Red-eyed from lack of sleep, Wild Bill looked around the table at the other players. They were all waiting for him. They had shown their cards, now it was time for him to show his.
He smiled, not much, just enough to show the upper row of crooked, rotted and tobacco stained teeth that filled his mouth and then turned away to spit in the direction of the bronze spittoon in the corner of the tent. He hit the target with a loud wet splat.
He looked around again at the cards already on the table and his smile grew. He had them all beat.
After a solid day of poker this was the last hand, for him at least. He had put his last nickel into the pot and was going to walk away with almost a hundred dollars. He was pleased.
Bill felt the impatience of his fellow gamblers as he turned over the cars one at a time, an impatience that quickly turned to disappointment and anger as he revealed his hand. Ace of clubs, eight of clubs, eight of spades, ace of spades – two pair, a winning hand. He paused to let the fact that he had won sink in and then he reached out to turn over his hole card, his hand froze half way there though as it no longer responded to the instructions from his brain.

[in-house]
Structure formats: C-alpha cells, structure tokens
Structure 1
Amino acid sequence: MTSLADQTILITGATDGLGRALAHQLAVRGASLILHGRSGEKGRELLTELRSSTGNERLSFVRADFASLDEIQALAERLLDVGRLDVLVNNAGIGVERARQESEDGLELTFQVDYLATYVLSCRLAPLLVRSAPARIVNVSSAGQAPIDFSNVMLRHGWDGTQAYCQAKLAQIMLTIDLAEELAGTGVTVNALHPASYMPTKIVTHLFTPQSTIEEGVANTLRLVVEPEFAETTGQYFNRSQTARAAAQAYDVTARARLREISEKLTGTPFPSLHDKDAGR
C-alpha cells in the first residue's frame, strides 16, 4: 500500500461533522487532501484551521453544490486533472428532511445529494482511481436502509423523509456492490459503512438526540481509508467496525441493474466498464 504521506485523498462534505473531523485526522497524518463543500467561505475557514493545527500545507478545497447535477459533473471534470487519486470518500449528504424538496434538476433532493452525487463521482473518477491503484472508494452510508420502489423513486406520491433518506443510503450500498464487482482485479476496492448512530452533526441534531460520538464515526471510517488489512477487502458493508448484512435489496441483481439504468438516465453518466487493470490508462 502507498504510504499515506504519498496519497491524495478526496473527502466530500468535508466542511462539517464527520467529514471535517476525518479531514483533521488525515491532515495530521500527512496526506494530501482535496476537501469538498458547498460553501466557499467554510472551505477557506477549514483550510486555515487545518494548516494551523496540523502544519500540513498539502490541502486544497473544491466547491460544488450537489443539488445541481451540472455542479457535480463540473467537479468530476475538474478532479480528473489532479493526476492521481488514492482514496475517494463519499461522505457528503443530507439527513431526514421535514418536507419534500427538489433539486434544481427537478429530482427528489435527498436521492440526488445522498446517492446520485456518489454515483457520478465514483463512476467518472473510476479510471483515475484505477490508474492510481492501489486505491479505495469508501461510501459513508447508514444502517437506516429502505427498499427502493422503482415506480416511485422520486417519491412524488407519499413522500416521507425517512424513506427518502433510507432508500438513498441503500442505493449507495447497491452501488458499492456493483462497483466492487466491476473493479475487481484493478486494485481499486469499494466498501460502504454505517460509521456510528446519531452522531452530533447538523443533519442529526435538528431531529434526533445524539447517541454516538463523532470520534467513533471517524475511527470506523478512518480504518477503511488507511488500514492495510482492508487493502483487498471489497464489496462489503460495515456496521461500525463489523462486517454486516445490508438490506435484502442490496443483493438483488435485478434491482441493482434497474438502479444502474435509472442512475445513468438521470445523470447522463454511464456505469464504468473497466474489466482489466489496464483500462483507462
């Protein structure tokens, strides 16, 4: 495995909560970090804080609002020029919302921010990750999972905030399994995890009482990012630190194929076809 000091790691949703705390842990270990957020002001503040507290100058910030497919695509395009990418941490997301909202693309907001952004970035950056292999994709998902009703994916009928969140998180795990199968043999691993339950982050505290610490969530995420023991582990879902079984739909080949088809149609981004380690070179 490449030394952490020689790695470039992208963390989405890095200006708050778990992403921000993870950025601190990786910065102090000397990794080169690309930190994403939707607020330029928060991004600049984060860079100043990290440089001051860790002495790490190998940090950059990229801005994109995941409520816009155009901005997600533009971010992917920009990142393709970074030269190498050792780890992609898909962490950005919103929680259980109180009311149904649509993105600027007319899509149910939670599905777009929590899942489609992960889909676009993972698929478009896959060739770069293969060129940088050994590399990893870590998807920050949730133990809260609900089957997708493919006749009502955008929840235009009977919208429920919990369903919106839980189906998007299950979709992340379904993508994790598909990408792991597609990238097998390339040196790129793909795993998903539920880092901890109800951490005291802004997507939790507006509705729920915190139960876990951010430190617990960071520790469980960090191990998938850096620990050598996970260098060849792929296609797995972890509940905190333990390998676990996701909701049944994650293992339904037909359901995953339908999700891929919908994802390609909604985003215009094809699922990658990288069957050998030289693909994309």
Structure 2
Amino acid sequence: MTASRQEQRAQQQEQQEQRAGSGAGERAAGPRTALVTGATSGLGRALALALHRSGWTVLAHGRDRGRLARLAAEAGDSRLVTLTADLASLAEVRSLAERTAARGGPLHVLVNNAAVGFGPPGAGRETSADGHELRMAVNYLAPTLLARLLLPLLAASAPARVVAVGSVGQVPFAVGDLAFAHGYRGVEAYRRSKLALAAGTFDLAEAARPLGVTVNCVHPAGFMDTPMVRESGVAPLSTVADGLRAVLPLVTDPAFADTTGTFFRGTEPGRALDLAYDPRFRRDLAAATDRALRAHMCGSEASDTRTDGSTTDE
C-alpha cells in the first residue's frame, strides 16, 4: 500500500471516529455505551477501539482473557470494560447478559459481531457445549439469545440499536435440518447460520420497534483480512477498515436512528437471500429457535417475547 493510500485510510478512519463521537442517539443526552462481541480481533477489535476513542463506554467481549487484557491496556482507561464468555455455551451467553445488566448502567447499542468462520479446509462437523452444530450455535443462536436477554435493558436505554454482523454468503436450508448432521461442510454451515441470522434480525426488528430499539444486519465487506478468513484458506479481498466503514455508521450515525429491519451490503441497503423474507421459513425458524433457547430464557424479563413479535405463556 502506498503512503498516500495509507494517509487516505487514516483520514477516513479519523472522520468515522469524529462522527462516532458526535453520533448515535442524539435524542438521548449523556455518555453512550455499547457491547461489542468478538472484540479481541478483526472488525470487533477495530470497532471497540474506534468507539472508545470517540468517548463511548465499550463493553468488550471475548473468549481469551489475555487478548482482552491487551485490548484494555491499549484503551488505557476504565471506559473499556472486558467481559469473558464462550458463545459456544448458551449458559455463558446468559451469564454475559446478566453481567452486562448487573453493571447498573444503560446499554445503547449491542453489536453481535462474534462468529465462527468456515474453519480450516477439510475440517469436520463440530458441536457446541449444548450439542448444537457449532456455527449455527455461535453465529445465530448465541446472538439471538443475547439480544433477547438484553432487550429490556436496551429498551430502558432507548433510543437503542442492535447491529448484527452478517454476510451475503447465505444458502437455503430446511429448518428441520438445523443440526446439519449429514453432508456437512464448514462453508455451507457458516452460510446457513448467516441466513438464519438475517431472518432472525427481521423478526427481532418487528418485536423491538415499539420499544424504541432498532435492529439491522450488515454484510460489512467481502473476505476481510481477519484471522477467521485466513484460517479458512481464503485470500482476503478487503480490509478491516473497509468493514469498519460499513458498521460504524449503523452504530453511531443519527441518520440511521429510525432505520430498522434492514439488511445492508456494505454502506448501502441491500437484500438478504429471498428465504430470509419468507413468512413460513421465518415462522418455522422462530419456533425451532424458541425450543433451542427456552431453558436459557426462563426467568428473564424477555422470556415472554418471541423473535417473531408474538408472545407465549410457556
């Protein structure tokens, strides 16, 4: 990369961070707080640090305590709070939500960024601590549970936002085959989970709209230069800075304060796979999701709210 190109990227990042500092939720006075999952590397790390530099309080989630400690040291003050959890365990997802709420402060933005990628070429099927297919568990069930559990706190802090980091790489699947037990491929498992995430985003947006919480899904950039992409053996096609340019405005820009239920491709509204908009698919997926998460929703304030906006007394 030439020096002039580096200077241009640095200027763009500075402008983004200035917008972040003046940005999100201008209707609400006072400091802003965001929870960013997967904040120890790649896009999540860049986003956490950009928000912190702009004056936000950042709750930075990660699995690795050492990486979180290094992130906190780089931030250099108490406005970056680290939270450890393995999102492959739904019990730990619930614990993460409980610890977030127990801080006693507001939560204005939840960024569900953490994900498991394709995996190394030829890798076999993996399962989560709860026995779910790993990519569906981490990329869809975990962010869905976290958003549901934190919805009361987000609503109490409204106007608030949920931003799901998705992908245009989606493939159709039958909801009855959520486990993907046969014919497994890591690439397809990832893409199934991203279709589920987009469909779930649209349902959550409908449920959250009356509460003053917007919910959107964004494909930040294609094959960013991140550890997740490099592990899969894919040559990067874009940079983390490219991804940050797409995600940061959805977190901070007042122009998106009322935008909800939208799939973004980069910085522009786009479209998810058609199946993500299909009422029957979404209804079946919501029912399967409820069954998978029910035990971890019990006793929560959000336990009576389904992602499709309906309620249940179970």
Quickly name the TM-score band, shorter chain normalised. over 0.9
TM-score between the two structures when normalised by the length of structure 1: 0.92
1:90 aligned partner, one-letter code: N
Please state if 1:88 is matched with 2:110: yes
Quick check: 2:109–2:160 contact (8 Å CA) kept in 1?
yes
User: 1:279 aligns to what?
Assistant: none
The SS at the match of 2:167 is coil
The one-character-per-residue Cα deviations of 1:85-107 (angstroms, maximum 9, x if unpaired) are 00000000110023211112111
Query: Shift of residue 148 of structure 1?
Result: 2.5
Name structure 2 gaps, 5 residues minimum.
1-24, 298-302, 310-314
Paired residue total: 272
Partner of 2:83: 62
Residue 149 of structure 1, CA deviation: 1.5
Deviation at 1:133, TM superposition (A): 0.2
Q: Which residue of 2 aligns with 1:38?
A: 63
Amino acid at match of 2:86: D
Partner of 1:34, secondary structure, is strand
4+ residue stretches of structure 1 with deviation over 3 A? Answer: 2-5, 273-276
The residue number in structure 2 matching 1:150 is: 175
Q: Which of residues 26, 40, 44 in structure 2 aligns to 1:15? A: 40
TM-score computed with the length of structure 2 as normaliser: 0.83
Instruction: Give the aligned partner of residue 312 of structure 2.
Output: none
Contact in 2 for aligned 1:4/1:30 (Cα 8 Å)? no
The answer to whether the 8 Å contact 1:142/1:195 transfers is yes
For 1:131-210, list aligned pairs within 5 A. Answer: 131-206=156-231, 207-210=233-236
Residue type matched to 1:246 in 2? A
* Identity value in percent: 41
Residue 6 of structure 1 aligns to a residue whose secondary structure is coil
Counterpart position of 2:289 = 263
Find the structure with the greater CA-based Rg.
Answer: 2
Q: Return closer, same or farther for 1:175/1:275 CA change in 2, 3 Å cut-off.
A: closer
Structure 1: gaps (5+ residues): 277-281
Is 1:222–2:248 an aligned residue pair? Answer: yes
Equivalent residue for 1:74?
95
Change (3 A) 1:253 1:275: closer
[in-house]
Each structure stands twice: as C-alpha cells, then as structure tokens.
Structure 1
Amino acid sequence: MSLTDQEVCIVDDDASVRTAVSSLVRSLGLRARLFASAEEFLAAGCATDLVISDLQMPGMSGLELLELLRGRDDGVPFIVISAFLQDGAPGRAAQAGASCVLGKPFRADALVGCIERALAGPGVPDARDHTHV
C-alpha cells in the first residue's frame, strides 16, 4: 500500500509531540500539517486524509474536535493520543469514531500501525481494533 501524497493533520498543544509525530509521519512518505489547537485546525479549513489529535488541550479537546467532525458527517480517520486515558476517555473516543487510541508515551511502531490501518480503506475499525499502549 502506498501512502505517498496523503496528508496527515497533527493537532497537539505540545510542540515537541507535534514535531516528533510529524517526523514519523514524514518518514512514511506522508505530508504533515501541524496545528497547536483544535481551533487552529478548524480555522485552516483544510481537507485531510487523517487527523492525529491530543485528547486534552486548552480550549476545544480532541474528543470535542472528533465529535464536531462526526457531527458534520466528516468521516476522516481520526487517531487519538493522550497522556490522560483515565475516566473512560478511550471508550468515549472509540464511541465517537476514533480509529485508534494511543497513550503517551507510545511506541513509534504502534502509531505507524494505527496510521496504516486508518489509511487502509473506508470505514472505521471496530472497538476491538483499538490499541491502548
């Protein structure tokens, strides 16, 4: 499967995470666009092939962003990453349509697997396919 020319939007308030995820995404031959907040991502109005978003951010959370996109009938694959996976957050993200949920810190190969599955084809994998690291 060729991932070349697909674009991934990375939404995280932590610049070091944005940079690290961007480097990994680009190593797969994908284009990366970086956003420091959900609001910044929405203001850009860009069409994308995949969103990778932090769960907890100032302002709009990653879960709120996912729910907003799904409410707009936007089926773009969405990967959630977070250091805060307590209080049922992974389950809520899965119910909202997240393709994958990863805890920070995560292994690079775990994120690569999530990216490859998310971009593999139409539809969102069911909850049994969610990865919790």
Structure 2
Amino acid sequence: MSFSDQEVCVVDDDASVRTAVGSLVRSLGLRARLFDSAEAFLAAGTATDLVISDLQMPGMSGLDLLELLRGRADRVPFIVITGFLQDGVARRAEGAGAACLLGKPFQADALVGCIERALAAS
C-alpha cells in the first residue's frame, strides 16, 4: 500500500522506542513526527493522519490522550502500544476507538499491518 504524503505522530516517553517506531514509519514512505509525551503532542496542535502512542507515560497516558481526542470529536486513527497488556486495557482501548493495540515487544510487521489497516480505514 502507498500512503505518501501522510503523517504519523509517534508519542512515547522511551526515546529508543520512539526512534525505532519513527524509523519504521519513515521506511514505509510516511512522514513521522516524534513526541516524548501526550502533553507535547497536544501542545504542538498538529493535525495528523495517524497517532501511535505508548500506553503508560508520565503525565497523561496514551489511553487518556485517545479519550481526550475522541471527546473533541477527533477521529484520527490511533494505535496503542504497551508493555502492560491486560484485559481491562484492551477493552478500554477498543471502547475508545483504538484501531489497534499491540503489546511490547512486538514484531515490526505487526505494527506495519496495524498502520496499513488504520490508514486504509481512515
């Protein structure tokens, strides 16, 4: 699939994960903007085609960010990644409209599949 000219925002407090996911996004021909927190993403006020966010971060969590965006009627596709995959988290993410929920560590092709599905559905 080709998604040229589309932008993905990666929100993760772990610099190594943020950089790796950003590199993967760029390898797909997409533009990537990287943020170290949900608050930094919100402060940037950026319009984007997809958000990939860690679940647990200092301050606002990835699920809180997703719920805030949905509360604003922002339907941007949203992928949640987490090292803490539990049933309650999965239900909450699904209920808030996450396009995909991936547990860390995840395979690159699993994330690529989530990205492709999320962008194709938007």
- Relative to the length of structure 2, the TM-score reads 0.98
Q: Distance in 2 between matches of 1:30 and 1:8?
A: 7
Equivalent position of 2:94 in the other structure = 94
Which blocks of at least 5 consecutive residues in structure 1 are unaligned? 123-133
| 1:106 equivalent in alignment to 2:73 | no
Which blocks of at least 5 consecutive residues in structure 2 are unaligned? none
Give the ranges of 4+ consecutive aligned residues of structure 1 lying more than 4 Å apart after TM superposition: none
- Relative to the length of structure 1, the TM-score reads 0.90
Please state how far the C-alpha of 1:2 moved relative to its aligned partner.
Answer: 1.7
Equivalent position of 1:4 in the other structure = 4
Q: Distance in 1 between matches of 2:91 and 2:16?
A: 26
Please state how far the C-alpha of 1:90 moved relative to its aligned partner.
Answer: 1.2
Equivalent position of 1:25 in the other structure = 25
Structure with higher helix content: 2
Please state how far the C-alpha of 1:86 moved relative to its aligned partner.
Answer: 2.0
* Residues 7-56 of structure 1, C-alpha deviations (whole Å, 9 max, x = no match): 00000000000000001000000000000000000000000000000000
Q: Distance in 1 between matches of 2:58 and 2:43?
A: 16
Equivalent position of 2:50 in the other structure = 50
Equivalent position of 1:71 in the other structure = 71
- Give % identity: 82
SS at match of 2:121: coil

The last thing Wild Bill Hickok, one of the most feared gunmen in the American west, saw was his own blood as it crept across the table to cover his final hand. Aces and eights, the hand that would forever be known as a ‘Dead man’s hand.’
What is considered the dead man’s hand card combination of today gets its notoriety from a legend that it was the five-card stud hand held by James Butler Hickok (better known as “Wild Bill” Hickok) when he was shot in the back of the head by Jack McCall on August 2, 1876, in Nuttal & Mann’s Saloon at Deadwood, Dakota Territory. Reportedly, Hickok’s final hand included the aces and eights of both black suits. (source wikipedia – https://en.wikipedia.org/wiki/Dead_man%27s_hand )